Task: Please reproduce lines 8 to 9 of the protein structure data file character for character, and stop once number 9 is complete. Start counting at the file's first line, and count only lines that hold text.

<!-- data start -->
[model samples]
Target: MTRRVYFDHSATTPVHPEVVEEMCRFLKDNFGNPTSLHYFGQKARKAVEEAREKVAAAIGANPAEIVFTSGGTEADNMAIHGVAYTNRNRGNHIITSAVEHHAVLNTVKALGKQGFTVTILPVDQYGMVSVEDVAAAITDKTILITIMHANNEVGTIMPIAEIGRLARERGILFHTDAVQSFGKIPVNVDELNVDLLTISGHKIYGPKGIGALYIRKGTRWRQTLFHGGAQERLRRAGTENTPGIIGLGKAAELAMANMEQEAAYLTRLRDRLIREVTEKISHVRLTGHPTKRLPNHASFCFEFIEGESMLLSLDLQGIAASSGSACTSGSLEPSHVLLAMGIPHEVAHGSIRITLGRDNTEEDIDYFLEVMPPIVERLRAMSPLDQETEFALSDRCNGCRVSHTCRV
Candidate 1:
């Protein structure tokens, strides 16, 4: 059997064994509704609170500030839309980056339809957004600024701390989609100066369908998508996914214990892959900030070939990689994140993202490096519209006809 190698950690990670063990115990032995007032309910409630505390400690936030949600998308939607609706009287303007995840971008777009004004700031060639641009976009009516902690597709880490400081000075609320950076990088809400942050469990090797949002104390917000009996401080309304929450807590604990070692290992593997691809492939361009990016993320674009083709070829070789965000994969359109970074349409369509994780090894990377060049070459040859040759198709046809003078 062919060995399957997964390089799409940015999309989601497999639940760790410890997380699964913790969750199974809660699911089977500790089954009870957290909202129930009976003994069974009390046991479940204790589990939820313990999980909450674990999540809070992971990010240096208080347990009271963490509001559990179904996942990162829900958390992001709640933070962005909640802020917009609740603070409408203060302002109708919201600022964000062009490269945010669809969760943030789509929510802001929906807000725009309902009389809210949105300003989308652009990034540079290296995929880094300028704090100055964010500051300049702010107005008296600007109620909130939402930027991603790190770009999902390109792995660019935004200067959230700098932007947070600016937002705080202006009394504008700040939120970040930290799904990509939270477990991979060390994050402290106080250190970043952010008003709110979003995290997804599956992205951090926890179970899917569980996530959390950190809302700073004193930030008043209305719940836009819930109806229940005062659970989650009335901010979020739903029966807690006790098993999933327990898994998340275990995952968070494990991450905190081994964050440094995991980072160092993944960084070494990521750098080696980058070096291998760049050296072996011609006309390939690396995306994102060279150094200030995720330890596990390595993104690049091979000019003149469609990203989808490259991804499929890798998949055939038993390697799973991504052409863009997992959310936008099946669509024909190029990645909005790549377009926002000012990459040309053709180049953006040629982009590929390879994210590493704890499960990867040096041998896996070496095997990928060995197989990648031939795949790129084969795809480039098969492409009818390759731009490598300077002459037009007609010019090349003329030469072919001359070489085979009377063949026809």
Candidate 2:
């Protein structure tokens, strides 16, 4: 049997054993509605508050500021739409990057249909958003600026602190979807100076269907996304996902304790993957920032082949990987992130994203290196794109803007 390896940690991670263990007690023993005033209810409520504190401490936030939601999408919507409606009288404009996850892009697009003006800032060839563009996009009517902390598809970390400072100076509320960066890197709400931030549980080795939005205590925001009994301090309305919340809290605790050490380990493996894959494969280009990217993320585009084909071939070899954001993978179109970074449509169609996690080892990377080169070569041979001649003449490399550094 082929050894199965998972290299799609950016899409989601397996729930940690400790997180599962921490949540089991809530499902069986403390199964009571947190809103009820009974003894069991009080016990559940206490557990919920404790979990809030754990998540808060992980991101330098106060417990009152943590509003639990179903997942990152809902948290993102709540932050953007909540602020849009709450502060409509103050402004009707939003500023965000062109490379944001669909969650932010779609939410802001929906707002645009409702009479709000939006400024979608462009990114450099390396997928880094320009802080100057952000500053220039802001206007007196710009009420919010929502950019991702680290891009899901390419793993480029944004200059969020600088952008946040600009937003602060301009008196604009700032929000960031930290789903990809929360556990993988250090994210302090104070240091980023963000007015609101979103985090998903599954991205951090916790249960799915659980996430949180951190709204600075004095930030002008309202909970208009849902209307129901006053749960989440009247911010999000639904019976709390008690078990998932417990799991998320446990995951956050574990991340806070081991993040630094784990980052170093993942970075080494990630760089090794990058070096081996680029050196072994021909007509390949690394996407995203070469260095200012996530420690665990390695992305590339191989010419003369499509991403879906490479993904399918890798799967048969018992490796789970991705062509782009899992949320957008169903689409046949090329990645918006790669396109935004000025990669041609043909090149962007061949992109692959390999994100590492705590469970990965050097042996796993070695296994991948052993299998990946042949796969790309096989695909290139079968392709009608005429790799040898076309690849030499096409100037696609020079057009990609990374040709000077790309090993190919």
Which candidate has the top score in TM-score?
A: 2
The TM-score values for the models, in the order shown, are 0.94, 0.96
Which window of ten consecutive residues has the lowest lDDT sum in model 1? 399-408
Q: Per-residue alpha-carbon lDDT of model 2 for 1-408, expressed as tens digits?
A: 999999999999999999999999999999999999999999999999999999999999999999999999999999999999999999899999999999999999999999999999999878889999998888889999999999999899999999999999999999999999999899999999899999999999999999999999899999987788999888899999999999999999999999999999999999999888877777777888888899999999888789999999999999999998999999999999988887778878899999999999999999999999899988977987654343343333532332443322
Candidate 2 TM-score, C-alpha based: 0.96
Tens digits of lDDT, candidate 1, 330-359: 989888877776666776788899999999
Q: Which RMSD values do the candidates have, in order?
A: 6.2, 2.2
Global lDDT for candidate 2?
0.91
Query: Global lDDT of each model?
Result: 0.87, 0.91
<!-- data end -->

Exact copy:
A: 2
The TM-score values for the models, in the order shown, are 0.94, 0.96